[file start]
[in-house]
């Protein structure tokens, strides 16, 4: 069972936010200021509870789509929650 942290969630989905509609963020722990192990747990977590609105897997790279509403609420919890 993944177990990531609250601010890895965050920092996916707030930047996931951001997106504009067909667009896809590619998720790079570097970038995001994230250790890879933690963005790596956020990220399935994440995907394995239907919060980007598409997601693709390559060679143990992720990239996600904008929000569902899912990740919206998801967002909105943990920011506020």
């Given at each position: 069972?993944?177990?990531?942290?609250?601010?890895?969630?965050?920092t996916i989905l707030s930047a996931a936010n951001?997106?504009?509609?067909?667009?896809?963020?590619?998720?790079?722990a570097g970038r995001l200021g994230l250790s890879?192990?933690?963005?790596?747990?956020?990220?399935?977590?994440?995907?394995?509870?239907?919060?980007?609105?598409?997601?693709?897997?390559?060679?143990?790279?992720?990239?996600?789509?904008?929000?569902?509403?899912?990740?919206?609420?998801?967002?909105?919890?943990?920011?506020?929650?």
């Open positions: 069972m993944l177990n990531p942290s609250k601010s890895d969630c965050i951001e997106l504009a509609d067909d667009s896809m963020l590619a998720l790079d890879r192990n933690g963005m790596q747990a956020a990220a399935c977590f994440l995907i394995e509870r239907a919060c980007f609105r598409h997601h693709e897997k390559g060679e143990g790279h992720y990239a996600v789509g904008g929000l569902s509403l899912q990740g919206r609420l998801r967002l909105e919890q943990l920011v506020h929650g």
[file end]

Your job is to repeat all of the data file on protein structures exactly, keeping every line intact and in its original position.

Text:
[in-house]
């Protein structure tokens, strides 16, 4: 069972936010200021509870789509929650 942290969630989905509609963020722990192990747990977590609105897997790279509403609420919890 993944177990990531609250601010890895965050920092996916707030930047996931951001997106504009067909667009896809590619998720790079570097970038995001994230250790890879933690963005790596956020990220399935994440995907394995239907919060980007598409997601693709390559060679143990992720990239996600904008929000569902899912990740919206998801967002909105943990920011506020």
């Given at each position: 069972?993944?177990?990531?942290?609250?601010?890895?969630?965050?920092t996916i989905l707030s930047a996931a936010n951001?997106?504009?509609?067909?667009?896809?963020?590619?998720?790079?722990a570097g970038r995001l200021g994230l250790s890879?192990?933690?963005?790596?747990?956020?990220?399935?977590?994440?995907?394995?509870?239907?919060?980007?609105?598409?997601?693709?897997?390559?060679?143990?790279?992720?990239?996600?789509?904008?929000?569902?509403?899912?990740?919206?609420?998801?967002?909105?919890?943990?920011?506020?929650?």
């Open positions: 069972m993944l177990n990531p942290s609250k601010s890895d969630c965050i951001e997106l504009a509609d067909d667009s896809m963020l590619a998720l790079d890879r192990n933690g963005m790596q747990a956020a990220a399935c977590f994440l995907i394995e509870r239907a919060c980007f609105r598409h997601h693709e897997k390559g060679e143990g790279h992720y990239a996600v789509g904008g929000l569902s509403l899912q990740g919206r609420l998801r967002l909105e919890q943990l920011v506020h929650g």